Testicular cancer occurs when malignant (cancerous) cells grow inside the tissues of one or both of the testicles. The testicles are two acorn-shaped glands located inside the scrotum. They are responsible for testosterone and sperm production. Testicular cancer is the most common cancer in young men between the ages of 20 to 35.
Testicular Cancer Symptoms
Symptoms of testicular cancer may be similar to symptoms of other conditions. If you have any of the following symptoms of testicular cancer, you should contact a Penn Medicine physician for a diagnosis.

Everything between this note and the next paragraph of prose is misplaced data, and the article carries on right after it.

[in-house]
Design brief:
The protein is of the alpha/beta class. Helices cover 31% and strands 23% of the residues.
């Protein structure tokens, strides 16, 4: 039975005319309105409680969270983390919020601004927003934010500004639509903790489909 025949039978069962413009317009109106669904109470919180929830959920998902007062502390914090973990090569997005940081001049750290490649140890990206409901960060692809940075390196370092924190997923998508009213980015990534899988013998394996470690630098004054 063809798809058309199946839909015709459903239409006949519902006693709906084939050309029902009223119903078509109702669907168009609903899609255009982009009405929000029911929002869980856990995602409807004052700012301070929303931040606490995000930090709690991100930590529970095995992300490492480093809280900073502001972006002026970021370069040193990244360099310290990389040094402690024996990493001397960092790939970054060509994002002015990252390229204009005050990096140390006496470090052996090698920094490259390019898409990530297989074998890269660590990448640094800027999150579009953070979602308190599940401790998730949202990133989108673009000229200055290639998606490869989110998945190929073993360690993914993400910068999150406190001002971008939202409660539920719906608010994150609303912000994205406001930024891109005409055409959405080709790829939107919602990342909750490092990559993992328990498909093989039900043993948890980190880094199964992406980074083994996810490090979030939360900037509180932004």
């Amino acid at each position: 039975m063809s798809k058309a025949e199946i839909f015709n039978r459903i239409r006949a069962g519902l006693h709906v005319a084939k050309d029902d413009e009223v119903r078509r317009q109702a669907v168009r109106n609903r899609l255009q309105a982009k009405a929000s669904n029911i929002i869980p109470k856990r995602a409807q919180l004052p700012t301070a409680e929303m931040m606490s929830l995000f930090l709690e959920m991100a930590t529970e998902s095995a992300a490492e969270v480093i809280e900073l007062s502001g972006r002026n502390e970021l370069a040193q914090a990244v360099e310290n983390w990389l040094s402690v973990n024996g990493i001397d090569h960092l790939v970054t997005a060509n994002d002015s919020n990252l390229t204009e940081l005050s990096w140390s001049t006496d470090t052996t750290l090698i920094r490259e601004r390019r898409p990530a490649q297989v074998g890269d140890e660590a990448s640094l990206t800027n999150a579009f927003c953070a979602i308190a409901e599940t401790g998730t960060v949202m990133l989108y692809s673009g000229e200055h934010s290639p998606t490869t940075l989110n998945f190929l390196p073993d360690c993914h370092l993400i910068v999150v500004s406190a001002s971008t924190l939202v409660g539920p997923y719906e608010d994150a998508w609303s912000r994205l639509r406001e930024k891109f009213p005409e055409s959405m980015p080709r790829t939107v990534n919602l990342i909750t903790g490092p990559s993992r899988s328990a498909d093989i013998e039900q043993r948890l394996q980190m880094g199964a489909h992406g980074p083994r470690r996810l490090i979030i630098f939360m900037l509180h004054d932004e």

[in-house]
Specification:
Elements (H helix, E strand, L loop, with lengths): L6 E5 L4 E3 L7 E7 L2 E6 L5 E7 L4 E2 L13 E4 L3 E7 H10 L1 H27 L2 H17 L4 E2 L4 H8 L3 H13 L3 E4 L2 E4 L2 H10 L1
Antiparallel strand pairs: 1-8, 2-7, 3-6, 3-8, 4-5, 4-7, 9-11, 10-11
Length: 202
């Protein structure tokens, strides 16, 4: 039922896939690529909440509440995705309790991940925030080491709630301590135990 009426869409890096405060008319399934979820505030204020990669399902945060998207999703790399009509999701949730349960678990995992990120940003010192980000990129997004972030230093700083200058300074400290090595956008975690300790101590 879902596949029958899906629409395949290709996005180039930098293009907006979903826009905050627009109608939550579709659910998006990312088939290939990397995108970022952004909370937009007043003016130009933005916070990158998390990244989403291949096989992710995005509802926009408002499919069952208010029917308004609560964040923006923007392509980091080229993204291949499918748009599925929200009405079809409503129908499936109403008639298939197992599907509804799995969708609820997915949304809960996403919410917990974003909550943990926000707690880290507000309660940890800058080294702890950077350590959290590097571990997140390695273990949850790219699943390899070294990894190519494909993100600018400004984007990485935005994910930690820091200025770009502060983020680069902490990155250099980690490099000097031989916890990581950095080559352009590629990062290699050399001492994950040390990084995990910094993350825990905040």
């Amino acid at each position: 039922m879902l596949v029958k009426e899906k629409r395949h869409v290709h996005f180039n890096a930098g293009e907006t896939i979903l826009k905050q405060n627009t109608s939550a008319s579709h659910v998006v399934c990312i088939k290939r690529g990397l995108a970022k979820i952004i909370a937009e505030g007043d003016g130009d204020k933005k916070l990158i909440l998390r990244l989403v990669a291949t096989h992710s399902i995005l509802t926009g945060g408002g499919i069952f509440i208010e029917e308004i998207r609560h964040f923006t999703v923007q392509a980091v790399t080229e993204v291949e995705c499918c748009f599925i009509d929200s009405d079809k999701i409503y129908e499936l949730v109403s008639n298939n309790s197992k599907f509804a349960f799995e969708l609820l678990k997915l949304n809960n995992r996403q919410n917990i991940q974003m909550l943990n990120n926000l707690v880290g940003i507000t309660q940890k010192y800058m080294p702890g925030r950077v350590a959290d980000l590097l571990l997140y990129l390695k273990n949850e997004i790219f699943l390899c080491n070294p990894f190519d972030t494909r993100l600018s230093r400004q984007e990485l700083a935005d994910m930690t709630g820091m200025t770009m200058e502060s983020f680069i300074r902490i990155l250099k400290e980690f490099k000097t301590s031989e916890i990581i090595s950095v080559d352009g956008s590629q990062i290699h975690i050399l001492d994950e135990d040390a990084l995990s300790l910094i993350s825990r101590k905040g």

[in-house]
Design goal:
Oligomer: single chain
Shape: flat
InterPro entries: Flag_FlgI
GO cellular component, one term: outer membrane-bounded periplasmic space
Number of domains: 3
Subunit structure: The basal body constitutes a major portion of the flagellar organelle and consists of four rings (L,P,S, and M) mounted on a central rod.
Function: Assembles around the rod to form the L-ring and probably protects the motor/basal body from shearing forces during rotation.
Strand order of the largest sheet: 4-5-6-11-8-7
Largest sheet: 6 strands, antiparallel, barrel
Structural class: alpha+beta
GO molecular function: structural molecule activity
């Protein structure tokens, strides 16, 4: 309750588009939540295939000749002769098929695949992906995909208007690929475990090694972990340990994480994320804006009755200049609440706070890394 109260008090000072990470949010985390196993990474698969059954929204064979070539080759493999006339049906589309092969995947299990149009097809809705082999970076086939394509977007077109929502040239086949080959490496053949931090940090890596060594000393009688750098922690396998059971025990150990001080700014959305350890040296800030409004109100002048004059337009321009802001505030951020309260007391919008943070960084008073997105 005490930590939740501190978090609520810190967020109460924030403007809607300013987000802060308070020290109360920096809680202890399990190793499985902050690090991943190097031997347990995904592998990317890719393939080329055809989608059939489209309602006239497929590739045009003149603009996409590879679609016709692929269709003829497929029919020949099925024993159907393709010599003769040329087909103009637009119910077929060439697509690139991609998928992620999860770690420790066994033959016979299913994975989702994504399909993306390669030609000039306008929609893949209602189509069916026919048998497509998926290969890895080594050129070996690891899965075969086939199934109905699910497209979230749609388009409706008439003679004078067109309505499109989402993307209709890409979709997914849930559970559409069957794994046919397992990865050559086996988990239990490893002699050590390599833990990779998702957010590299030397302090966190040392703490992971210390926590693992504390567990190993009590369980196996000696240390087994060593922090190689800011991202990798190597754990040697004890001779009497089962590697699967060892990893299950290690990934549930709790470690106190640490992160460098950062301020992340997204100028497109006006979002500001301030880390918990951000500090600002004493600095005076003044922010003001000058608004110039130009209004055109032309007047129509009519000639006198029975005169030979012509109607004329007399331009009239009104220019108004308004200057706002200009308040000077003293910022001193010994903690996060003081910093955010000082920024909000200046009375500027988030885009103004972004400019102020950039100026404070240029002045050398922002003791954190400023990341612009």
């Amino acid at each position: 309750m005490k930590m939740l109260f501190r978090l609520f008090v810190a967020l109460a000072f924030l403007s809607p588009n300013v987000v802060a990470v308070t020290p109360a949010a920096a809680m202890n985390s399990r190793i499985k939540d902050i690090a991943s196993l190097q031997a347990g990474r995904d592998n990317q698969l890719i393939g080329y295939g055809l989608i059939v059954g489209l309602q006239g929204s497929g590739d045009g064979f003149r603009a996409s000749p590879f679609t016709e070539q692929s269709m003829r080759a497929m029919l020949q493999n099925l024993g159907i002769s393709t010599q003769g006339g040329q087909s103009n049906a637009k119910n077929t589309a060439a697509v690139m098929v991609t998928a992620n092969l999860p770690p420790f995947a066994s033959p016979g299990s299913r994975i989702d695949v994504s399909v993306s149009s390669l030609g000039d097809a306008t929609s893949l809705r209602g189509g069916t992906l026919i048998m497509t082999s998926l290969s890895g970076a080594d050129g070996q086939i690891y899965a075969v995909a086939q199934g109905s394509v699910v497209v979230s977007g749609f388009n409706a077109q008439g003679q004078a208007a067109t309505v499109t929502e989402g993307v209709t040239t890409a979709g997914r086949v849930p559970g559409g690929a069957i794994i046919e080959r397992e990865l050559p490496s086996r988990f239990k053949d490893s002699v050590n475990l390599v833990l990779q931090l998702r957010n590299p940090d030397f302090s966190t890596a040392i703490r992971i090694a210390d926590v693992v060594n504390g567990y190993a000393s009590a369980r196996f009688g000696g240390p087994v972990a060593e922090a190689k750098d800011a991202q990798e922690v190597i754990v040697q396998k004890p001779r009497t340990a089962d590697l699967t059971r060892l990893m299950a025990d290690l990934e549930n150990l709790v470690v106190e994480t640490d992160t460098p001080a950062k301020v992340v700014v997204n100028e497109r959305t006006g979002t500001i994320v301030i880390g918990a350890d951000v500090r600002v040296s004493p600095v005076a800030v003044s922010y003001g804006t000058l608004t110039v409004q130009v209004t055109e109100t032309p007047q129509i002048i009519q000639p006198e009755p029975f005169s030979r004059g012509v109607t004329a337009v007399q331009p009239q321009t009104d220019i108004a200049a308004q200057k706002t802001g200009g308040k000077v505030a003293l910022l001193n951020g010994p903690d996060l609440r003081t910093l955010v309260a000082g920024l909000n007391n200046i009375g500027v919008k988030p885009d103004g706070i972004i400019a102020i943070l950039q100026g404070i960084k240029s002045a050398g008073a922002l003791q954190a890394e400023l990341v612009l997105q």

- Swelling or a lump in one or both testicles
- A change in the way a testicle feels to the touch
- Pain in the abdomen or groin
- Fluid build up in the scrotum
- Pain or discomfort in one or both testicles and the scrotum
Testicular Cancer and Fertility
Treatment for testicular cancer can cause infertility. Fertility Preservation (FP) services provide men information about how their cancer treatment may affect their fertility, as well as actions they may be able to take to preserve their fertility.
Penn Fertility Care offers advanced reproductive technologies specific to fertility preservation such as sperm banking. Penn Fertility Care is a pioneer and leader in the treatment, services and programs offered to patients who have become infertile due to the effects of cancer.